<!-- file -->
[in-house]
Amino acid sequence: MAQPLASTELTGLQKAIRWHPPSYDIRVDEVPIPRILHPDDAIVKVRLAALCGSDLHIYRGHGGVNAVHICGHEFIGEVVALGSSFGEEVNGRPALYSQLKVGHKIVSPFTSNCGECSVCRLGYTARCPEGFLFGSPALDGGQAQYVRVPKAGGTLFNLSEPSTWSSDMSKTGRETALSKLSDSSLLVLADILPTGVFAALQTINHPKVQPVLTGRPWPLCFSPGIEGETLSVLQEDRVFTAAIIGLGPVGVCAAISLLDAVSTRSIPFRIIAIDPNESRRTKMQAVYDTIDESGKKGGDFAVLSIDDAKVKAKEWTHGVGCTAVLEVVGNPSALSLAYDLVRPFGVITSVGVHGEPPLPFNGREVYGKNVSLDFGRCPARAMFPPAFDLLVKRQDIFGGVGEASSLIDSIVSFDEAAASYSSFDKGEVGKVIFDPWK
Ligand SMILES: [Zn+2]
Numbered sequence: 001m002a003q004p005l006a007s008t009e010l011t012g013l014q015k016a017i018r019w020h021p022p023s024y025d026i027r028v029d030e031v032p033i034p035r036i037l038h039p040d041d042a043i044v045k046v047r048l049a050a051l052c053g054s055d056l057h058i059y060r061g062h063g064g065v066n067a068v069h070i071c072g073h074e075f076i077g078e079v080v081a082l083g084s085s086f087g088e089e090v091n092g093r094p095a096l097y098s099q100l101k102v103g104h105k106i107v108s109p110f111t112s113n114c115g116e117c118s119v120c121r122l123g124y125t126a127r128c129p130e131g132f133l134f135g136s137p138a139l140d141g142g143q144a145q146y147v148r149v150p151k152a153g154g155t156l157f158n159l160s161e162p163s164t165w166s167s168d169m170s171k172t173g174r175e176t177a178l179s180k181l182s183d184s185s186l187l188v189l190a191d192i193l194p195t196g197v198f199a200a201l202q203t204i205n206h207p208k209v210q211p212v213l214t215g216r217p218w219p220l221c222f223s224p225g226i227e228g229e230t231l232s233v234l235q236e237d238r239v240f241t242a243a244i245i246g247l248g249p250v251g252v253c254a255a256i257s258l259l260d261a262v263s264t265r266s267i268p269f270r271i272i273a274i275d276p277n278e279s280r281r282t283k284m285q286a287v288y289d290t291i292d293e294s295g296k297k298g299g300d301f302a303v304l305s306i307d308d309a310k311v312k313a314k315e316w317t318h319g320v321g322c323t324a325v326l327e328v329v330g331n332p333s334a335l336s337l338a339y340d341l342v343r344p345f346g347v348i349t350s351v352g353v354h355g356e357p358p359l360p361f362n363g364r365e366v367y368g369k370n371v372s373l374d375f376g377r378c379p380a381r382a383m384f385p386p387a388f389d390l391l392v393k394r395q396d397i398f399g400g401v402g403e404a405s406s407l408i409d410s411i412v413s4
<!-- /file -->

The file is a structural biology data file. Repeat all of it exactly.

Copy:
[in-house]
Amino acid sequence: MAQPLASTELTGLQKAIRWHPPSYDIRVDEVPIPRILHPDDAIVKVRLAALCGSDLHIYRGHGGVNAVHICGHEFIGEVVALGSSFGEEVNGRPALYSQLKVGHKIVSPFTSNCGECSVCRLGYTARCPEGFLFGSPALDGGQAQYVRVPKAGGTLFNLSEPSTWSSDMSKTGRETALSKLSDSSLLVLADILPTGVFAALQTINHPKVQPVLTGRPWPLCFSPGIEGETLSVLQEDRVFTAAIIGLGPVGVCAAISLLDAVSTRSIPFRIIAIDPNESRRTKMQAVYDTIDESGKKGGDFAVLSIDDAKVKAKEWTHGVGCTAVLEVVGNPSALSLAYDLVRPFGVITSVGVHGEPPLPFNGREVYGKNVSLDFGRCPARAMFPPAFDLLVKRQDIFGGVGEASSLIDSIVSFDEAAASYSSFDKGEVGKVIFDPWK
Ligand SMILES: [Zn+2]
Numbered sequence: 001m002a003q004p005l006a007s008t009e010l011t012g013l014q015k016a017i018r019w020h021p022p023s024y025d026i027r028v029d030e031v032p033i034p035r036i037l038h039p040d041d042a043i044v045k046v047r048l049a050a051l052c053g054s055d056l057h058i059y060r061g062h063g064g065v066n067a068v069h070i071c072g073h074e075f076i077g078e079v080v081a082l083g084s085s086f087g088e089e090v091n092g093r094p095a096l097y098s099q100l101k102v103g104h105k106i107v108s109p110f111t112s113n114c115g116e117c118s119v120c121r122l123g124y125t126a127r128c129p130e131g132f133l134f135g136s137p138a139l140d141g142g143q144a145q146y147v148r149v150p151k152a153g154g155t156l157f158n159l160s161e162p163s164t165w166s167s168d169m170s171k172t173g174r175e176t177a178l179s180k181l182s183d184s185s186l187l188v189l190a191d192i193l194p195t196g197v198f199a200a201l202q203t204i205n206h207p208k209v210q211p212v213l214t215g216r217p218w219p220l221c222f223s224p225g226i227e228g229e230t231l232s233v234l235q236e237d238r239v240f241t242a243a244i245i246g247l248g249p250v251g252v253c254a255a256i257s258l259l260d261a262v263s264t265r266s267i268p269f270r271i272i273a274i275d276p277n278e279s280r281r282t283k284m285q286a287v288y289d290t291i292d293e294s295g296k297k298g299g300d301f302a303v304l305s306i307d308d309a310k311v312k313a314k315e316w317t318h319g320v321g322c323t324a325v326l327e328v329v330g331n332p333s334a335l336s337l338a339y340d341l342v343r344p345f346g347v348i349t350s351v352g353v354h355g356e357p358p359l360p361f362n363g364r365e366v367y368g369k370n371v372s373l374d375f376g377r378c379p380a381r382a383m384f385p386p387a388f389d390l391l392v393k394r395q396d397i398f399g400g401v402g403e404a405s406s407l408i409d410s411i412v413s4